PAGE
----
Testosterone Deficiency Hypogonadism Symptoms

Testosterone is a hormone that plays a critical role in several aspects of sexual development in males. Testosterone is also important during adulthood. When the level of testosterone in the body is too low to perform all of its functions, the condition is called “testosterone deficiency,” or “hypogonadism.”

Causes of Hypogonadism

Male hypogonadism is usually caused by some kind of problem within the testes that leads to inadequate testosterone production and secretion. This form of hypogonadism is known as “primary hypogonadism.” The causes and symptoms of primary hypogonadism are dependent on the age of onset for the condition.

Secondary hypogonadism can affect both males and females. In healthy people, the brain signals the testes or ovaries to stimulate synthesis of testosterone and other hormones–but people with secondary hypogonadism have low testosterone levels because of inadequate signaling.

For example, one form of secondary hypogonadism, called “hypogonadotripic hypogonadism,” results from inadequate production of both the follicle-stimulating and luteinizing hormones. These hormones are secreted from the pituitary gland and enter the bloodstream, where they eventually reach the testes or ovaries and stimulate testosterone production. Like primary hypogonadism, the causes and symptoms of secondary hypogonadism depend on the age or developmental stage at which the condition begins.

In some cases, hypogonadism is the direct result a specific genetic mutation or chromosome abnormality (e.g. Kallmann syndrome and Klinefelter syndrome). Other times, hypogonadism occurs because of an injury or disease that affects the testicles or simply as a result of aging.

Symptoms of Hypogonadism in Fetal Development

Even before birth, testosterone is needed for proper development. When hypogonadism occurs in a male fetus, the baby is often born with an underdeveloped penis and testicles. If the testosterone levels are extremely low, the genitalia may be ambiguous or even look externally female.

Symptoms of Hypogonadism in Adolescence

Once boys reach adolescence, testosterone production in the testes increases significantly, and puberty begins. If testosterone levels fail to reach sufficient levels, the following symptoms are commonly observed:

  • Absence of facial and body hair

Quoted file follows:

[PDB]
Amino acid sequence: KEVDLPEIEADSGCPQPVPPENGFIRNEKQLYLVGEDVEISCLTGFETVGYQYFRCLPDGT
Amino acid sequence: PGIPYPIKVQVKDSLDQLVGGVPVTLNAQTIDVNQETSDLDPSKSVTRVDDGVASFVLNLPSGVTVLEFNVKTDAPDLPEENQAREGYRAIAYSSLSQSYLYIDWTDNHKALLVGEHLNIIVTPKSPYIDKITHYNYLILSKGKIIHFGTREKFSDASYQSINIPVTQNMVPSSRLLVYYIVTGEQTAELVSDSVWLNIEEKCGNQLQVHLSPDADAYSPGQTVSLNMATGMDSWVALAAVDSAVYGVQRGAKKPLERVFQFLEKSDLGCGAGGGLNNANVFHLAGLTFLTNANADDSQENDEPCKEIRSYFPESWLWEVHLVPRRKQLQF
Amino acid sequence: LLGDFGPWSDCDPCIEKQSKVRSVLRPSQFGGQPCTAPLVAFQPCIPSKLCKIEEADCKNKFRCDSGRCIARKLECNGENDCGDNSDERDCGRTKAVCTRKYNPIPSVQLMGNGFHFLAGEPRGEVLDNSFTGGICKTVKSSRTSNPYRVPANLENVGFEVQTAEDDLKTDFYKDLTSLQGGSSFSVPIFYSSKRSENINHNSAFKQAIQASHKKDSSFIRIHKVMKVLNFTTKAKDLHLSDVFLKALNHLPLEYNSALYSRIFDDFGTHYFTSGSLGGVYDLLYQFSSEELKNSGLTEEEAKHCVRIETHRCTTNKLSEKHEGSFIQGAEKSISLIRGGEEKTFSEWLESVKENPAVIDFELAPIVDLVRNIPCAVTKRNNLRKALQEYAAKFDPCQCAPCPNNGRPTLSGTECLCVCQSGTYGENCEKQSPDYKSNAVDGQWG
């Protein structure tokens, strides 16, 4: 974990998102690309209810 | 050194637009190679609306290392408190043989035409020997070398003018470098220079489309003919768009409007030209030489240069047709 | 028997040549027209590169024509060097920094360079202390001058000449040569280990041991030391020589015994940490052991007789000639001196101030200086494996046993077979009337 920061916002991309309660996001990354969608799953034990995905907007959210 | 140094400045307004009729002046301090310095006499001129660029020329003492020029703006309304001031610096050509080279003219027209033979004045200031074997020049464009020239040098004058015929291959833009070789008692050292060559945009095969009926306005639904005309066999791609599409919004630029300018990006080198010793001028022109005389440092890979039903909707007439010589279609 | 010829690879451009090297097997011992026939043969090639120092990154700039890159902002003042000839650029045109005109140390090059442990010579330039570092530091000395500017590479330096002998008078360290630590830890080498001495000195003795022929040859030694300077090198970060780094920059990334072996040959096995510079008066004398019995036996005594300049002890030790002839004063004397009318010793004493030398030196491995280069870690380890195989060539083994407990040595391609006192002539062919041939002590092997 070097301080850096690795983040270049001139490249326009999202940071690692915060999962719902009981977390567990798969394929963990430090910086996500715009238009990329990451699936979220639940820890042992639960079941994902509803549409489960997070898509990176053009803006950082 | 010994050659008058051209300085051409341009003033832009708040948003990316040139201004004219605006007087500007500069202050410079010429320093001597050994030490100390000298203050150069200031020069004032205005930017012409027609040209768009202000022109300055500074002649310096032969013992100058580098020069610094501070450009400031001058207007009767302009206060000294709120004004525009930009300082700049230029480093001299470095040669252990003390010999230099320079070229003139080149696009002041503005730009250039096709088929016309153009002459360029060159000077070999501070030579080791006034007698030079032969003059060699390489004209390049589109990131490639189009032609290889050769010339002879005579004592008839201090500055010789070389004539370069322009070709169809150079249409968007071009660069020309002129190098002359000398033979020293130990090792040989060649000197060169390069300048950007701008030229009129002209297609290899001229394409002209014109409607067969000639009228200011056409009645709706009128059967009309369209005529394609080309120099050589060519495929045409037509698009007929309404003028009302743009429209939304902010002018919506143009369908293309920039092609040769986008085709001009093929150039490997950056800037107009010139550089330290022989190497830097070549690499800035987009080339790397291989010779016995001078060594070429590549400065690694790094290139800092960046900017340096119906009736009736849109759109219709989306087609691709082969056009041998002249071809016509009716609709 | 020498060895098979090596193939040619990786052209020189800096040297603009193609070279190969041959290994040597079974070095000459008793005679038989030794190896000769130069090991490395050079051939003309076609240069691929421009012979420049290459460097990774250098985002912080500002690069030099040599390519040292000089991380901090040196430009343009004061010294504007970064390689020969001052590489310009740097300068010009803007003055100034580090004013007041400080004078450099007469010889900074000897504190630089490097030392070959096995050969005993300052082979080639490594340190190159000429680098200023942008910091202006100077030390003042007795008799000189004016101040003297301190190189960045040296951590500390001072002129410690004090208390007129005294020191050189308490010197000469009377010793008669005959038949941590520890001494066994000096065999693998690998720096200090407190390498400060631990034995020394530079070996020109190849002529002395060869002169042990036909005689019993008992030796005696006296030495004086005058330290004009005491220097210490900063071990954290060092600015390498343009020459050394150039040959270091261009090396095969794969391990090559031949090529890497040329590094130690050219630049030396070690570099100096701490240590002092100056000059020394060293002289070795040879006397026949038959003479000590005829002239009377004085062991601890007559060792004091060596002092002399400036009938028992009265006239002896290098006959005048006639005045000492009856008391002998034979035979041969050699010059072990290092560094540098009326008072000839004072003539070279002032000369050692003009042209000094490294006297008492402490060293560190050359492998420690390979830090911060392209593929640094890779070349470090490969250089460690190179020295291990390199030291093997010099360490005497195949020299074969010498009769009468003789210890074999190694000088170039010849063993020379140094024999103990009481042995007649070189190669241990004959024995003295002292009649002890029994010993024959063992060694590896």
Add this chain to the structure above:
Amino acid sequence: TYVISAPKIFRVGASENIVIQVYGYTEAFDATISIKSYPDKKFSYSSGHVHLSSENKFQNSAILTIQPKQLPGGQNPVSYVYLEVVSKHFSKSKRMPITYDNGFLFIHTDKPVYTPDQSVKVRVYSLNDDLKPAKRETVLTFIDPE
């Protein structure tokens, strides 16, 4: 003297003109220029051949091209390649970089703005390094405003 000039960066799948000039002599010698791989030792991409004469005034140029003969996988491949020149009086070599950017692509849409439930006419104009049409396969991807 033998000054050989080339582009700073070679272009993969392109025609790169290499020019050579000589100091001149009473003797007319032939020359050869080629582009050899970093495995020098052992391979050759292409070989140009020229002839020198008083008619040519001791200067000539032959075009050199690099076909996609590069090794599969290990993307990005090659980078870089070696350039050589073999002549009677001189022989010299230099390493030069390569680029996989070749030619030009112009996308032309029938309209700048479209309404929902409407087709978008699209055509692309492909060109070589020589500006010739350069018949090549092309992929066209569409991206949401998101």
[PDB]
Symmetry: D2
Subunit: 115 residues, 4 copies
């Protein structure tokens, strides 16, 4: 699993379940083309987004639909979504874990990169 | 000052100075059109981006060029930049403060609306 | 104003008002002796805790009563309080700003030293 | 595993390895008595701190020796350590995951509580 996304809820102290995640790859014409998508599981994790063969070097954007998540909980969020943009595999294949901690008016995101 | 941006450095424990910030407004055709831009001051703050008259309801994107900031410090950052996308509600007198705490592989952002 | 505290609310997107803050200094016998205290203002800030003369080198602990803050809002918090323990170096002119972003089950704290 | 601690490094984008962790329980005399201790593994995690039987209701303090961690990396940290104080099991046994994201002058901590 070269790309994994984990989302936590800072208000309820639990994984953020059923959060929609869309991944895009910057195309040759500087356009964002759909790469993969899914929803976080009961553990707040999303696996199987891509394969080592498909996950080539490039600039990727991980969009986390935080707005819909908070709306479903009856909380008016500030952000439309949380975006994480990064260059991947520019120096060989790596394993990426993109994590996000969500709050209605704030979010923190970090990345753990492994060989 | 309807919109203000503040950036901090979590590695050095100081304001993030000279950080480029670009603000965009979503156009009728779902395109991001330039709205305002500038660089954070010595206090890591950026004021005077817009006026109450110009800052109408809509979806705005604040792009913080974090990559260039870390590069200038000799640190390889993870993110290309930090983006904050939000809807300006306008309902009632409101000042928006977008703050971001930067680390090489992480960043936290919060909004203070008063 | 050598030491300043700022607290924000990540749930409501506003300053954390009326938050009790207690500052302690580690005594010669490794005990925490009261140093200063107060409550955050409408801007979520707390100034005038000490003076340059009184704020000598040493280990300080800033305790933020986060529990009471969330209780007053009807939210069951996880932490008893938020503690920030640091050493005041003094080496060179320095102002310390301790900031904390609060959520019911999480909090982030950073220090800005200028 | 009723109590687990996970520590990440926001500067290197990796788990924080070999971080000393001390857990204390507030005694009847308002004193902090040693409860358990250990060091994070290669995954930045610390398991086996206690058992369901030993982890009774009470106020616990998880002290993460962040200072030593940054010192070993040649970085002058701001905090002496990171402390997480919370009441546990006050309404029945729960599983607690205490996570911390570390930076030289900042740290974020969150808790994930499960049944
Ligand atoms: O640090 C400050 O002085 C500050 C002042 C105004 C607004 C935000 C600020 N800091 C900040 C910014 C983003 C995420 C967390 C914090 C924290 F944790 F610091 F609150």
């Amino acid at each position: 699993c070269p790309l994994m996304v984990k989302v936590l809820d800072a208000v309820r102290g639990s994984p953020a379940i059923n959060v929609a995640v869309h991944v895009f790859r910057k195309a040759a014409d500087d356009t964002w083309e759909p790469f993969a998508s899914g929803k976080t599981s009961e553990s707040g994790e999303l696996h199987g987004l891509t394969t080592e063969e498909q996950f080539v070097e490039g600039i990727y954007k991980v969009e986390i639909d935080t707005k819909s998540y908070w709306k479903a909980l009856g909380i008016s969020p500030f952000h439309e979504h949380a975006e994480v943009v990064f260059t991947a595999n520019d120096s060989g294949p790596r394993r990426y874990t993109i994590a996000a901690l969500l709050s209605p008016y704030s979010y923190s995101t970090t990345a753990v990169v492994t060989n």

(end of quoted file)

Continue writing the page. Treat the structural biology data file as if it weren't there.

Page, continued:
• Failure to produce sperm
  • Growth of breast tissue
  • Impaired ability to build muscle mass
  • Lack of vocal change.

Many of these symptoms represent a failure to undergo the normal changes associated with puberty. Boys who reach adolescence without undergoing these changes may need to be tested for hypogonadism. Your doctor may prescribe testosterone supplements if levels are found to be too low.

Symptoms of Hypogonadism in Adulthood

When hypogonadism starts during adulthood, the symptoms are typically more subtle than at other life stages. Many adult men with hypogonadism may not initially seek treatment for their symptoms, which can include:

  • Depression or other mood changes
  • Erectile dysfunction (impotence)
  • Infertility
  • Trouble sleeping.

Testosterone levels naturally decline as men get older, but the degree of this decline and the results of this decline can vary greatly. In some men, the symptoms listed above may arise even though testosterone levels are within normal range for their age. Conversely, other men with testosterone levels that are below normal may not experience any of the above symptoms. Additionally, the effectiveness of hormone supplements can also vary from one individual to the next.

Testosterone levels also decline in adult women, particularly once they reach menopause. Women may find that they have less energy and less interest in sex as a result of low testosterone.

Resources

American Accreditation HealthCare Commission. (n.d.). Hypogonadotropic hypogonadism. Retrieved January 18, 2010 from the Medline Plus Web site: http://www.nlm.nih.gov/medlineplus/ency/article/000390.htm.

Center for Bioenvironmental Research at Tulane and Xavier Universities. (2009). The hormones: Androgens. Retrieved January 18, 2010 from the e.hormone Web site: http://e.hormone.tulane.edu/learning/androgens.html.

Mayo Foundation for Medical Education and Research. (2008). Male hypogonadism. Retrieved January 18, 2010 from the Mayo Clinic Web site: http://www.mayoclinic.com/health/male-hypogonadism/DS00300/DSECTION=complications.

Mayo Foundation for Medical Education and Research. (2009). Male menopause: Myth or reality? Retrieved January 18, 2010 from the Mayo Clinic Web site: http://www.mayoclinic.com/health/male-menopause/MC00058.

Painter, A. (n.d.). Testosterone: A major breakthrough for menopausal women. Retrieved January 18, 2010 from the Discovery Health Web site: http://health.discovery.com/centers/womens/testosterone/testosterone.html.

Sindair Intimacy Institute. (2002). Estrogen and testosterone hormones. Retrieved January 18, 2010 from the Discovery Health Web site: http://health.discovery.com/centers/sex/sexpedia/hormone.html.

UC Regents. (n.d.). Testosterone deficiency. Retrieved January 18, 2010 from the e.hormone Web site: http://e.hormone.tulane.edu/learning/androgens.html.

WebMD, LLC. (2008). Testosterone. Retrieved January 18, 2010 from the WebMD Web site: http://men.webmd.com/testosterone-15738.

WebMD, LLC. (2008). What low testosterone can mean for your health. Retrieved January 18, 2010 from the WebMD Web site: http://www.webmd.com/a-to-z-guides/what-low-testosterone-can-mean-your-health.